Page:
*Rome ACC Climb initially to 230.
*F/O Up to 230, 870. [IH870 is cleared to FL230 and not to an higher level because at FL250, a few miles ahead, another Itavia aircraft, flight IH779 from Bergamo to Rome Ciampino, is about to start descent. The radar controller asks to the DC-9 crew if they have a visual.]
*F/O Rome, 870, with the traffic in sight, is turning left again, crossing 245.
*Rome ACC Roger, direct to Bolsena.
*F/O Direct to Bolsena, 870.
*20:27 Rome ACC [due to some scalloping of the Firenze VOR, IH779 and IH870 are now about 8 miles left of the Amber 14's centerline] Itavia 779, proceed direct to Campagnano [VOR] , 160 heading from present position. Also 870 take 160 heading.
*F/O 160 for 870.
*20:34 Rome ACC 870, call Rome 125.5. Bye.
*F/O 125.5.
*F/O Rome, good evening. 870 is over Bolsena.
*Rome (Terminal) ACC Radar contact, as cleared.
*20:39 Rome ACC 870, 124.2, good evening. [IH870 is over Puma reporting point and is turning left to Latina VOR]
*F/O Thank you, bye.
*F/O This is 870, good evening, Rome.
*Rome ACC 870 ?
*F/O Good evening, 870 maintaining 290, over Puma.
*Rome ACC Roger, proceed Latina, Ponza.
*20:44 F/O Rome, 870.
*Rome ACC Itavia 870, for Ponza 123.35.
*F/O Bye.
*F/O 870, good evening, Rome.
*Rome (South Sector) ACC Good evening, 870; maintain 290, report Amber 13, Alpha.
*F/O Yes...neither Ponza is working ? We've found a graveyard this evening; coming from Firenze we didn't find one beacon working properly.
*Rome ACC In fact, everything is a bit out, Ponza too. What's your heading now ?
*F/O We've 195.
*Rome ACC Well, maintain 195. You'll go some mile south of Ponza.
*Rome ACC I don't know if you want to keep this heading. Otherwise you can go left, 15-20 degrees.
*F/O OK, we put 210.
*20:48 F/O This is 870: is it possible to get 250 ? [IH870 requests a lower level due turbulence]
*Rome ACC Affirmative: you can start descent now.
*F/O Thanks: leaving 290.
*20:51 Rome ACC 870, you've left Ponza three miles to the right, so approximately to Palermo it's good this heading.
*F/O Very kind, thanks, we're approaching 250.
*Rome ACC Perfect, anyway call me when receiving Palermo [VOR] .
*F/O PAL [VOR] is already on the air and coming well. And we got the Ponza DME.
*Rome ACC Good, so normal navigation to Palermo. Maintain 250, call me over Alpha.
*20:56 F/O It's over Alpha, 870.
*Rome ACC Affirmative, slightly to the right, about four miles. Radar service terminates here. Call 128.8 for further (instructions)
*F/O Thank you for everything and good-bye.
*F/O Rome, Itavia 870. 115 miles to PRS [Raisi VOR, near Palermo] , maintaining 250.
*Rome ACC Roger, Itavia 870. An estimate for Raisi ?
*F/O We estimate Raisi at 13.
*Rome ACC 870, roger. Cleared to Raisi VOR, no delay expected. Call back for descent.
*F/O To Raisi, no delay. We'll call you for descent, 870.
*Rome ACC That is correct.
*20:59:45 [Last transponder answer from the IH870 is recorded at the far southern end of the Ciampino civil radar range. IH870 is recorded at FL250, about 50 miles north of Ustica island]
*21:04 Rome ACC Itavia 870, when ready, cleared to 110, report leaving 250 and passing 150. [No answer]
*Rome ACC Itavia 870, Rome [No answer]
*Rome ACC Itavia 870, Rome, do you read ? [No answer. Two other traffic are requested to relay the calls to IH870, but no answer is ever received from the DC-9.] [ATC transcript as published in Italian by VOLARE, n.40, year IV. English translation provided by Enrico Zaffiri.]

Conspiracy theories

There are many conspiracy theories surrounding this event. They are based on the series of events following the air crash. For example, the vessel that carried out the search for debris on the ocean floor was French, but only US officials had access to the aircraft parts they found. Several radar reports were erased and several Italian generals were indicted for obstruction of justice 20 years later.

Some of the Italian Air Force officials who might have known about the disaster's background died suddenly. []

*August 3 1980: Col. Pierangelo Teoldi, was nominated to become Commander of Grosetto AFB, but had not yet assumed command as of date of death - Car accident.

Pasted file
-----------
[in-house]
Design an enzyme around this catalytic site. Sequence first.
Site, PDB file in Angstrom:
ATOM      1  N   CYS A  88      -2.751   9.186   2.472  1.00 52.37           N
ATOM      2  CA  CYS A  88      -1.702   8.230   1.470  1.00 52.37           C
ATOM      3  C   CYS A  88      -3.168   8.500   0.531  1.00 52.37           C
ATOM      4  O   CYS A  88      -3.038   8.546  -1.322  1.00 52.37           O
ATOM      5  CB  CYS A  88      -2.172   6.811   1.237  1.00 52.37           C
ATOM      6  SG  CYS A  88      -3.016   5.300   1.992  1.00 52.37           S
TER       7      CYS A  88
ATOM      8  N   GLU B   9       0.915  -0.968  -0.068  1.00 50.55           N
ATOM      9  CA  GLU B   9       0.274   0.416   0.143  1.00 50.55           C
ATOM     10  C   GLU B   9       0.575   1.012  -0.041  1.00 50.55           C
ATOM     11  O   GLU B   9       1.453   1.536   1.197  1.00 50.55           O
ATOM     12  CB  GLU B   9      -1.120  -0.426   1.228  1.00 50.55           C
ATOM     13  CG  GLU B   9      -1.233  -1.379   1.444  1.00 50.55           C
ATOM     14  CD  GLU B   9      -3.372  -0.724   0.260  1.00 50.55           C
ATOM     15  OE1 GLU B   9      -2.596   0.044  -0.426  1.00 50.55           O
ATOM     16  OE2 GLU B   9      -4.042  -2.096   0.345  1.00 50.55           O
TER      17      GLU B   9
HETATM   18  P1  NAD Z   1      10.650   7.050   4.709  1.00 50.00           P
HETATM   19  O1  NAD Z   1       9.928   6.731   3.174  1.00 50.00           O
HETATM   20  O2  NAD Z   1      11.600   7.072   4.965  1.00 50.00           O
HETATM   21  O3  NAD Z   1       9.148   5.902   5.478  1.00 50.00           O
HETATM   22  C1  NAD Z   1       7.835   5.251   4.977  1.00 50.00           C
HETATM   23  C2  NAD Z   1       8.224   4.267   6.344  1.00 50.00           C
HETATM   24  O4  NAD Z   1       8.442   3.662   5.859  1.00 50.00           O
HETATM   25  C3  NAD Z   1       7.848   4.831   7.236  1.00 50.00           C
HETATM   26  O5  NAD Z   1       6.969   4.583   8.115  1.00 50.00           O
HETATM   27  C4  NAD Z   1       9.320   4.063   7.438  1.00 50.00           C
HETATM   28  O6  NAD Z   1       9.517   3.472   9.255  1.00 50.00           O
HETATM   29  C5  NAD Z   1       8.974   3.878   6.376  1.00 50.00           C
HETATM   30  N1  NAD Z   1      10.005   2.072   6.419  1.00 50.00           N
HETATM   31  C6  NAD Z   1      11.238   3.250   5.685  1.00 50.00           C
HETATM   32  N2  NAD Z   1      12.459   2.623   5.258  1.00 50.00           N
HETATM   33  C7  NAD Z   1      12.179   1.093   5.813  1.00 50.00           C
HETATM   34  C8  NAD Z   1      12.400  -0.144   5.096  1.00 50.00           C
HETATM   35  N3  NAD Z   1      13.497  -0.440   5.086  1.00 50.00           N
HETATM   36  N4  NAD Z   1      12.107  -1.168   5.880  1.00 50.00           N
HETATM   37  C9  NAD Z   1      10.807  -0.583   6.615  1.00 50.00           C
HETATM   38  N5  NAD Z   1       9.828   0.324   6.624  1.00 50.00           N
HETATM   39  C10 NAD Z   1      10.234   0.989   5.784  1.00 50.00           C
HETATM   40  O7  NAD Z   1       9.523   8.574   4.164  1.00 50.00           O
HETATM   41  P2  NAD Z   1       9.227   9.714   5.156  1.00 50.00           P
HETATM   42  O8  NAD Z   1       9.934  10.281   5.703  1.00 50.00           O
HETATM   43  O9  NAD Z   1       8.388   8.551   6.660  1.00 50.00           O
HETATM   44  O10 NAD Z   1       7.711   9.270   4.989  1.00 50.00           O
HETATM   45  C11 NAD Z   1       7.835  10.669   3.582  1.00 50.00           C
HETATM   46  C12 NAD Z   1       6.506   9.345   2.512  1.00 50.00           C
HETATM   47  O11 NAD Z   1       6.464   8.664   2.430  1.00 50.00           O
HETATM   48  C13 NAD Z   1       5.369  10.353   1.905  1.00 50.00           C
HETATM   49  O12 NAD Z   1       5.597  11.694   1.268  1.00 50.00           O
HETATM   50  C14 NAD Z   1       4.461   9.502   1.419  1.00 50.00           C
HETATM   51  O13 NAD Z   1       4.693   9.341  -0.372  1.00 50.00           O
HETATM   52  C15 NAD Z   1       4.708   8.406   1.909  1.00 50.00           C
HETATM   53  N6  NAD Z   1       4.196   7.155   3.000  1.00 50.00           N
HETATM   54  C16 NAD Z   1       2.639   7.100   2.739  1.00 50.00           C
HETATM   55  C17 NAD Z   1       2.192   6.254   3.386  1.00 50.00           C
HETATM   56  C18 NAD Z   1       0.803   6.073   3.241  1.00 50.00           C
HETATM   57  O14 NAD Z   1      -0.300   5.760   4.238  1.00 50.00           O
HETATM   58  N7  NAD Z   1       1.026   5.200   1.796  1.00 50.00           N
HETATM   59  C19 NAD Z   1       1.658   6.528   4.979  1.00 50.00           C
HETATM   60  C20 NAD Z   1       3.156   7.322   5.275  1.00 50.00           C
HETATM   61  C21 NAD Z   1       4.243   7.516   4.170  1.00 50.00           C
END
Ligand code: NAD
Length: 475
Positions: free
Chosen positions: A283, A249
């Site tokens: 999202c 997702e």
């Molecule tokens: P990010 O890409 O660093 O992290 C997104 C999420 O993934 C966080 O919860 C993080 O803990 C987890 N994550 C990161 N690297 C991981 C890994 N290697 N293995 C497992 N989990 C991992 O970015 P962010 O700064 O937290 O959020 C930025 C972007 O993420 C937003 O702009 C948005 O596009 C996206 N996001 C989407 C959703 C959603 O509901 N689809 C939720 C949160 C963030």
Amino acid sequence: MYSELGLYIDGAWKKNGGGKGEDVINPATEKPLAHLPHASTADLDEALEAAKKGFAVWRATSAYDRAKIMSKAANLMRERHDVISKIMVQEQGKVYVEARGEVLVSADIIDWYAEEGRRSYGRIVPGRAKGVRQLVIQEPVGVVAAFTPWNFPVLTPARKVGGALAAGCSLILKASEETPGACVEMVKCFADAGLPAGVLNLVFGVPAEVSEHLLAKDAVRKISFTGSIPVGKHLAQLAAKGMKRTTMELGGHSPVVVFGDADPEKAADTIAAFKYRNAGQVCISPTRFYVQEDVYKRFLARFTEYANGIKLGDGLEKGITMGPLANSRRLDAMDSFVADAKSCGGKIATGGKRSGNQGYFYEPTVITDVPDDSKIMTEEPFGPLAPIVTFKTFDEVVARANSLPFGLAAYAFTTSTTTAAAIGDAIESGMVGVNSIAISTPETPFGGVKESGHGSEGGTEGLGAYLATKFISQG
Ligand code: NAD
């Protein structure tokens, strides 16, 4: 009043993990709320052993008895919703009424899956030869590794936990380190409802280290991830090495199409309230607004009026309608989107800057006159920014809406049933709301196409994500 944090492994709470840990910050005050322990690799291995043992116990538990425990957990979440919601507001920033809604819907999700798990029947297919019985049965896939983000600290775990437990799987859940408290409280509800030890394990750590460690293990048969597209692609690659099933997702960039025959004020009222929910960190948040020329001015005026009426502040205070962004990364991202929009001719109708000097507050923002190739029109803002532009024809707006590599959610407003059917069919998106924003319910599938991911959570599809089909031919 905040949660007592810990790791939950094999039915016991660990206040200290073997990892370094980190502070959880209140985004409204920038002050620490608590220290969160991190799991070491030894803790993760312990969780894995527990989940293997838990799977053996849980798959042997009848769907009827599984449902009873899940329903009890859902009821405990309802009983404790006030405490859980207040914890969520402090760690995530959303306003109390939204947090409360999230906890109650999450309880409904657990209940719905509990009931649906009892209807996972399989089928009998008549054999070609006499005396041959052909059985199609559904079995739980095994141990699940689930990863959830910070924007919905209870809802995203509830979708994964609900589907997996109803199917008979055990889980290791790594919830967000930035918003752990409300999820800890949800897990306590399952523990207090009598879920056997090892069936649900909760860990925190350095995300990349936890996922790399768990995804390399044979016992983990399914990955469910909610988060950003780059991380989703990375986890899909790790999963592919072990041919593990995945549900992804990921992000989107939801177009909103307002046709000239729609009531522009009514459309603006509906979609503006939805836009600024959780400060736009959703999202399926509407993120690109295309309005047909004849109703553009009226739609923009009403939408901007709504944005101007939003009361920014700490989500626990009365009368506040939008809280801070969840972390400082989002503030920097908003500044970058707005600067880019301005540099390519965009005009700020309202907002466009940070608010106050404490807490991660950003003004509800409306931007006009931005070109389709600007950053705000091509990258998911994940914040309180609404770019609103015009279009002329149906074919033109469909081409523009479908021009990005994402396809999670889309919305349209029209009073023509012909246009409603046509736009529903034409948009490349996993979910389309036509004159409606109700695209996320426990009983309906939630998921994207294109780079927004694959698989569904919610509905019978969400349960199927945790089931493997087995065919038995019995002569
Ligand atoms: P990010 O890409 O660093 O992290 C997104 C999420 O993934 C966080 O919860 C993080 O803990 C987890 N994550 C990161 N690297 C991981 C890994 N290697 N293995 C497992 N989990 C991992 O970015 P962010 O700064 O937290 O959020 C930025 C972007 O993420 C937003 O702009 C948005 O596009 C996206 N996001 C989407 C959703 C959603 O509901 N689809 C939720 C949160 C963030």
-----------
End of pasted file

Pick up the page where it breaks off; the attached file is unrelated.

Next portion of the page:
*May 9 1981: Maurizio Gari, Poggio Ballone air defense radar controller - heart attack at age 37.
*March 20 1987: Licio Giorgieri, Italian Aircraft Registry Commander - killed by a communist terrorist group. (see )
*March 31 1987: Mario Alberto Dettori, Poggio Ballone air defence radar controller - suicide by Hanging.
*August 12 1988: Ugo Zammarelli, Cagliari Italian Army Intelligence's Service Cagliari Section (see ) - hit and run by motorcycle.
*August 28 1988: Mario Naldini and Ivo Nutarelli, Italian Air Force strike pilots crossed Flight 870s path on June 27th over Tuscany - mid air collision during the 1988 Ramstein Air Show.
*February 1 1991: Antonio Muzio, Lamezia Terme control tower Marshal - murdered, culprits unknown.
*February 2 1992: Sandro Marcucci, Italian Air Force 46a Aerobrigata Pisa pilot - air crash during a wildfire firefighting operation.
*February 2 1992: Antonio Pagliara, Otranto air defence radar controller - car accident.
*January 12 1993: Roberto Boemio, Chief of Staff, 3a Air Region, Italian Air Force - knifed during a robbery.
*November 2 1994: Gian Paolo Totaro, Italian Army Major medic - suicide by hanging.
*December 21 1995: Franco Parisi, Otranto air defense radar controller - suicide by hanging.
*April 4 2002: Michele Landi, IT consultant for the Italian government and for the same Procura that was on the Itavia 870 case - suicide by hanging (soon after he revealed he had come in the possession of information regarding the incident) []


In Bologna on June 27,2007 the Museum for the Memory of Ustica was opened. The museum is in possession of parts of the plane, which are assembled and on display. Almost all of the external fuselage of the plane was reconstructed. In the museum there are also objects belonging to those on board that were found in the sea near the plane.
Christian Boltanski was called to produce a site specific installation.The installation is composed by:
* 81 pulsing lamp hanging over the plane
* 81 black mirrors
* 81 loudspeakers (behind the mirrors) Each loudspeaker describes a simple thought/worry (I.E. "when i will arrive i will go to the sea")All the objects found are contained in a wooden box covered with a black plastic skin.A small book with the photos of all objects and various information is available to the visitor upon request.


See also

* Gulf of Sidra incident (1981)
* Gulf of Sidra incident (1989)
* Strategy of tension
* Anni di piombo
* Operation Gladio
* Bologna massacre
* Korean Air Flight 007
* Iran Air Flight 655
* TWA Flight 800
* Avianca Flight 203
* Aer Lingus Flight 712
* Accidents and incidents in aviation
* List of accidents and incidents on commercial airliners

External links

* [ Official Site of the Association of the Relatives of the Victims of the Accident]
* [ AirDisaster.Com Accident Synopsis of Flight 870]
* [ Accident details] at []
*imdb title|id=0102487|title=Il Muro di gomma, film about the accident
* [,,1825348,00.html The mystery of flight 870] - Guardian Newspaper.
* [ (Video) The truth about Ustica's disaster (6/27/1980)]